She was an Irish immigrant cook. Between 1900 and 1907, she infected twenty-two New Yorkers with typhoid fever through her puddings and cakes; one of them died. Tracked down through epidemiological detective work, she was finally apprehended as she hid behind a barricade of trashcans. To protect the public's health, authorities isolated her on Manhattan's North Brother Island, where she died some thirty years later. This book tells the remarkable story of Mary Mallon--the real Typhoid Mary. Combining social history with biography, historian Judith Leavitt re-creates early-twentieth-century New York City, a world of strict class divisions and prejudice against immigrants and women. Leavitt engages the reader with the excitement of the early days of microbiology and brings to life the conflicting perspectives of journalists, public health officials, the law, and Mary Mallon herself. Leavitt's readable account illuminates dilemmas that continue to haunt us. To what degree are we willing to sacrifice individual liberty to protect the public's health? How far should we go in the age of AIDS, drug-resistant tuberculosis, and other diseases? For anyone who is concerned about the threats and quandaries posed by new epidemics, "Typhoid Mary" is a vivid reminder of the human side of disease and disease control.
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(228mm x 152mm x 22mm)
Publisher: Beacon Press
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US Kirkus Review »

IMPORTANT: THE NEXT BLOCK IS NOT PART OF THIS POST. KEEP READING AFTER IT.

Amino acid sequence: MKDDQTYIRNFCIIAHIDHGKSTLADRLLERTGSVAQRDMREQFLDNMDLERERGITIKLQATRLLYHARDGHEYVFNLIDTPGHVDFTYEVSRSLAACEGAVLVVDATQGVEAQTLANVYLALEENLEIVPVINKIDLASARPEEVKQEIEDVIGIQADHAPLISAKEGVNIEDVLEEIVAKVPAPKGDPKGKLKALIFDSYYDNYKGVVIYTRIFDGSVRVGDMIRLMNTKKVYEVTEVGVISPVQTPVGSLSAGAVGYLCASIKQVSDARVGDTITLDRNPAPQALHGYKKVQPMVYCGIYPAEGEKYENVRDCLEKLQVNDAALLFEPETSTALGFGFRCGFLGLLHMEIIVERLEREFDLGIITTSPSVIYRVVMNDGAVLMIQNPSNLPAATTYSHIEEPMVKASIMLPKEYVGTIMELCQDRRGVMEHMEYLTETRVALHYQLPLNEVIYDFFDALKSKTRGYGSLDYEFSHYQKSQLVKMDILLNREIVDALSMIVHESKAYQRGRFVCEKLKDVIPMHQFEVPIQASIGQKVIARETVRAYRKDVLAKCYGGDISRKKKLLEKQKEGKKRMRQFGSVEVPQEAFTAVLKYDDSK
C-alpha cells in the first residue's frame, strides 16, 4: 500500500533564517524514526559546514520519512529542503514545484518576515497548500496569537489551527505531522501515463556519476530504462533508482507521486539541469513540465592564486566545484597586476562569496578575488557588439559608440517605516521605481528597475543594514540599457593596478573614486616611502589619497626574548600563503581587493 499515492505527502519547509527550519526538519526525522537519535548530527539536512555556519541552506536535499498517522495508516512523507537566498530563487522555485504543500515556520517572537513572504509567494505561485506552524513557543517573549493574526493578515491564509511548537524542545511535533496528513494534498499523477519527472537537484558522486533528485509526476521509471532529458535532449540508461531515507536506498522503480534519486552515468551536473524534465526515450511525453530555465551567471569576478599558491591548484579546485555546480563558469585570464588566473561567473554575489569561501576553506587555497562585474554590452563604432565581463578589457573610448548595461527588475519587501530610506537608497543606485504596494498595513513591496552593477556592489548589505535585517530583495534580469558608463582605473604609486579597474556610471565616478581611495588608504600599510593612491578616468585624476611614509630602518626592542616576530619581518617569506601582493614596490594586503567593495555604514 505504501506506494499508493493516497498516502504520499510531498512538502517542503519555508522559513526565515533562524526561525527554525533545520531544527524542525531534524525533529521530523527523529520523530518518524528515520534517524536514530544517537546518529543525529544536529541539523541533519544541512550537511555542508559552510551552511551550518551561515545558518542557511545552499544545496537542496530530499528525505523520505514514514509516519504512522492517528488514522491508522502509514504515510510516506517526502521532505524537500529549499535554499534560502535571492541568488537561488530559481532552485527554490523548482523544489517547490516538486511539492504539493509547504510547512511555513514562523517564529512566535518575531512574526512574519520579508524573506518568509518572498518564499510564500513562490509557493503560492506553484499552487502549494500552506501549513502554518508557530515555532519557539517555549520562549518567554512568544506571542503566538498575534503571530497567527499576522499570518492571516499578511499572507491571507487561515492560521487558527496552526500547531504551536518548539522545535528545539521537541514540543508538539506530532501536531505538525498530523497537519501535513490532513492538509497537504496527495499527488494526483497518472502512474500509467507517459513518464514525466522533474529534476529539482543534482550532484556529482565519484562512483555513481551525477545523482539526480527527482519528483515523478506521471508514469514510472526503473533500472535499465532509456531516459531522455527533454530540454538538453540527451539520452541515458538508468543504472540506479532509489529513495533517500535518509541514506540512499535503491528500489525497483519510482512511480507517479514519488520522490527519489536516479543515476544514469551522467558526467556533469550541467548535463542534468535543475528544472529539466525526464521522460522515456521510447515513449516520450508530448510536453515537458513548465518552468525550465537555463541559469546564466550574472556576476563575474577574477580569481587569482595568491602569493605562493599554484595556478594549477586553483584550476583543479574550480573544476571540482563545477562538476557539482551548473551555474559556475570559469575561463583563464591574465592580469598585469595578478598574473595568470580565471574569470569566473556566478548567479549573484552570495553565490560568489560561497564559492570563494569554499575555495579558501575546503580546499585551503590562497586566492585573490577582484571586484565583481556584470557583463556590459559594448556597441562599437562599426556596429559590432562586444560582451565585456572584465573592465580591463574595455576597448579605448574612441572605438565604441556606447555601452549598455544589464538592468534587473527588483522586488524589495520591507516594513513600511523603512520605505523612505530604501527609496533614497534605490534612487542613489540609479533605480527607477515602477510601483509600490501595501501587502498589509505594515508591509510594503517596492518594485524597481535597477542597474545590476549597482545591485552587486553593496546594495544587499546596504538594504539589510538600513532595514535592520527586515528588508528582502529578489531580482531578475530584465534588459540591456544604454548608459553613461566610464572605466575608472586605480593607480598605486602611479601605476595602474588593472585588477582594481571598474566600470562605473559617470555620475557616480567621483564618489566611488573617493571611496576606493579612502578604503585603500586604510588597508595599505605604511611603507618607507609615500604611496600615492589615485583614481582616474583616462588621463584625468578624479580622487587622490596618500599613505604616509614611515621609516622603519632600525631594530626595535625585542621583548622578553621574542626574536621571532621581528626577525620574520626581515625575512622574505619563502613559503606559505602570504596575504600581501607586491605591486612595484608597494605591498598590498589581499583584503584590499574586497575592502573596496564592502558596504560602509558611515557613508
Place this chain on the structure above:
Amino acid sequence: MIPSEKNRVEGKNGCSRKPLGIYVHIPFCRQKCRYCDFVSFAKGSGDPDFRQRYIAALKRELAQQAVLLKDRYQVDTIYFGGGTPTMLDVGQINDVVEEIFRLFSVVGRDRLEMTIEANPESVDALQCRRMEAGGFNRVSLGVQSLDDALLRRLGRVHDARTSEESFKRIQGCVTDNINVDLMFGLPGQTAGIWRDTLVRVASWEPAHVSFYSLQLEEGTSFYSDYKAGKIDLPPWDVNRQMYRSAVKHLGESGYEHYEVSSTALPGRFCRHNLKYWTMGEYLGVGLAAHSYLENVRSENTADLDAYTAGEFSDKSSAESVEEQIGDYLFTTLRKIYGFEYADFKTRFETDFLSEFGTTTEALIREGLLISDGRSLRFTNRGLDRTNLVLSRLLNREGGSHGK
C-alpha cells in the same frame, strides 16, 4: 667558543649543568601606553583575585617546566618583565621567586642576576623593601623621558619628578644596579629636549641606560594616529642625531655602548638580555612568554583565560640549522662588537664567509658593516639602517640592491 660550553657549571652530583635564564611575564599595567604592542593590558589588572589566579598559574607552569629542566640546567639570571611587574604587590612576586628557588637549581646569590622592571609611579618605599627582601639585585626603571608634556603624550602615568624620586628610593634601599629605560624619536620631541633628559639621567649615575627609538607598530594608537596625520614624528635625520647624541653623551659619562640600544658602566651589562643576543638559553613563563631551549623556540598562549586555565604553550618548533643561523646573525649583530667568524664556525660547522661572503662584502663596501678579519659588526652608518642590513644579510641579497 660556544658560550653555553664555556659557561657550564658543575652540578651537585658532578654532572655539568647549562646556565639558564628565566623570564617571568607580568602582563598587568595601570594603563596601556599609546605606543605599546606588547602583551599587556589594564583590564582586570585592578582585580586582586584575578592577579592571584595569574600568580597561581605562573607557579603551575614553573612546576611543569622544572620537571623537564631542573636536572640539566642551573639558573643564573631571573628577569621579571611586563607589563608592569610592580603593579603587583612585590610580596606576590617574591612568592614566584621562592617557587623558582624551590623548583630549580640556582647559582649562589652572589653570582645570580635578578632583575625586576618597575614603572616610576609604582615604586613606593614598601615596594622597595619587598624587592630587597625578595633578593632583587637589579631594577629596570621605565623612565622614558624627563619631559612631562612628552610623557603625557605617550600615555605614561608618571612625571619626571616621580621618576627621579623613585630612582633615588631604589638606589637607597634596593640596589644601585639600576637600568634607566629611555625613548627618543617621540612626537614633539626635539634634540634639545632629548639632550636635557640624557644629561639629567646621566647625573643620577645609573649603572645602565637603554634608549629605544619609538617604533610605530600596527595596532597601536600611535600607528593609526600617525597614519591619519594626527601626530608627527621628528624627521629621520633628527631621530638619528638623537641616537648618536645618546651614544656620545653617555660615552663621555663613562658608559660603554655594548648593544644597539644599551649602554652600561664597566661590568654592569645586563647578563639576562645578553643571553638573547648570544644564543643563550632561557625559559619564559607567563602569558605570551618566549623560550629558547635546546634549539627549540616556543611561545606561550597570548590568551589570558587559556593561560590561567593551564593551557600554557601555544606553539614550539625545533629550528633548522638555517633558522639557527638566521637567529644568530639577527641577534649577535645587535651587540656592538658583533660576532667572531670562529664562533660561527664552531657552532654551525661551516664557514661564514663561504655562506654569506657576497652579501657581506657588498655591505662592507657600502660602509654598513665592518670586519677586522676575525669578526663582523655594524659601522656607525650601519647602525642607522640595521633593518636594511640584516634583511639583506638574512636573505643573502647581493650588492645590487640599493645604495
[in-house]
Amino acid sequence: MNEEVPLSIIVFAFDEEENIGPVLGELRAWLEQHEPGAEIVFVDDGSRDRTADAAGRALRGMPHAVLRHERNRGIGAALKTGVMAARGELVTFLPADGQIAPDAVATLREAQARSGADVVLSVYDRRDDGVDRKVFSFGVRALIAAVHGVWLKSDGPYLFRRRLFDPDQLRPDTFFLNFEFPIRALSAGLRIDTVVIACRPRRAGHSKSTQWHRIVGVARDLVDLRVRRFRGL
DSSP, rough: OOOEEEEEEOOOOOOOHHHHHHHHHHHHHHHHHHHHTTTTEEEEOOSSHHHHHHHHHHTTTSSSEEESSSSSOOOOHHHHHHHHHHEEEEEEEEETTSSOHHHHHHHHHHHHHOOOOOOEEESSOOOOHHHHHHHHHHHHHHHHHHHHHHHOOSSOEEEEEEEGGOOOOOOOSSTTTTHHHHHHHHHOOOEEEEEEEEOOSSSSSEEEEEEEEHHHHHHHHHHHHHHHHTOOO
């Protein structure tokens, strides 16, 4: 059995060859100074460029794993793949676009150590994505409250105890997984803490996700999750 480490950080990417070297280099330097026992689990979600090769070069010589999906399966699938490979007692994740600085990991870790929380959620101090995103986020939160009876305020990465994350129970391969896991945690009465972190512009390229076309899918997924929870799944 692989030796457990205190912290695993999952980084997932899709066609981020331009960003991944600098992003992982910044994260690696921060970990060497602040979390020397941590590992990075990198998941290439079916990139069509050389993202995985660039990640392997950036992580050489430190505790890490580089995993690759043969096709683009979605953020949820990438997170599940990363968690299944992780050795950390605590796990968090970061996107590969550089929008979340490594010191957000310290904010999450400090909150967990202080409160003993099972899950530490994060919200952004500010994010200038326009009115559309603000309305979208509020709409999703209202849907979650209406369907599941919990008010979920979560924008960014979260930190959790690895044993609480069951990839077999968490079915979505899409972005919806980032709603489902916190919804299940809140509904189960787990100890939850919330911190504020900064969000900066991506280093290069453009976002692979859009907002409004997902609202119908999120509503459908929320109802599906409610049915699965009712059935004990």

A social historian's thoughtful examination of the conflict between individual liberty and public health as exemplified by the case of Mary Mallon, the typhoid fever carrier who, early in this century, was permanently isolated by New York authorities on an island in the East River. Typhoid Mary, an Irish immigrant cook who unwittingly brought death and disease to those who ate her fare, was in 1907 the first person to be identified as a healthy typhoid carrier; she was also the only one to be imprisoned for life as a menace to public health. Leavitt, who teaches women's studies and the history of medicine at the University of Wisconsin, expertly retells Typhoid Mary's story from several perspectives - those of the then-new science of bacteriology, public health policy, the law, the social prejudices of the period, the media, and Mary herself. Leavitt demonstrates how each of these interpretations reinforces or conflicts with the others, leaving the reader to puzzle out the truths of the differing narratives. Interest in Typhoid Mary did not end with her death in 1938, and Leavitt shows how she has been depicted since then in theatrical presentations, novels, and magazine articles. Indeed, the main question her story raises is especially pertinent in today's era of AIDs and drug-resistant tuberculosis: How is it possible to protect the public health from carriers of diseases without infringing on individuals' civil liberties? Leavitt's response is that programs that stigmatize or impoverish people, or that employ coercive mass isolation, are undemocratic and ultimately ineffective. By bringing to light the story of an individual both stigmatized and isolated, she makes a vivid and worthy contribution to the search for humane and equitable answers. (Kirkus Reviews)
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